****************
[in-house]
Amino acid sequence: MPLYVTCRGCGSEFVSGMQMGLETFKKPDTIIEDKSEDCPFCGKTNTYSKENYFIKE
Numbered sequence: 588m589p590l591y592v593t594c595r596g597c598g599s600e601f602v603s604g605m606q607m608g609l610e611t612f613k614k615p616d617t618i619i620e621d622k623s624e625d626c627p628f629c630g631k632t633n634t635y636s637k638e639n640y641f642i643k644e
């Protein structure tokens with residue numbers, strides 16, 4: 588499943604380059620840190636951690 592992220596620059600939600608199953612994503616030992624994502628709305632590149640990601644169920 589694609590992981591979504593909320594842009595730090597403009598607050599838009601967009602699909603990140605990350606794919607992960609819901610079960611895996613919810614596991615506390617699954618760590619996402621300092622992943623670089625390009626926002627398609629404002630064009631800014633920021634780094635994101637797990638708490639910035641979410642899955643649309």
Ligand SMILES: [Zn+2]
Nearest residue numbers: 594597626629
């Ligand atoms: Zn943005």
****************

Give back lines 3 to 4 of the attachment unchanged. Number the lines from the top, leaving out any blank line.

Numbered sequence: 588m589p590l591y592v593t594c595r596g597c598g599s600e601f602v603s604g605m606q607m608g609l610e611t612f613k614k615p616d617t618i619i620e621d622k623s624e625d626c627p628f629c630g631k632t633n634t635y636s637k638e639n640y641f642i643k644e
């Protein structure tokens with residue numbers, strides 16, 4: 588499943604380059620840190636951690 592992220596620059600939600608199953612994503616030992624994502628709305632590149640990601644169920 589694609590992981591979504593909320594842009595730090597403009598607050599838009601967009602699909603990140605990350606794919607992960609819901610079960611895996613919810614596991615506390617699954618760590619996402621300092622992943623670089625390009626926002627398609629404002630064009631800014633920021634780094635994101637797990638708490639910035641979410642899955643649309």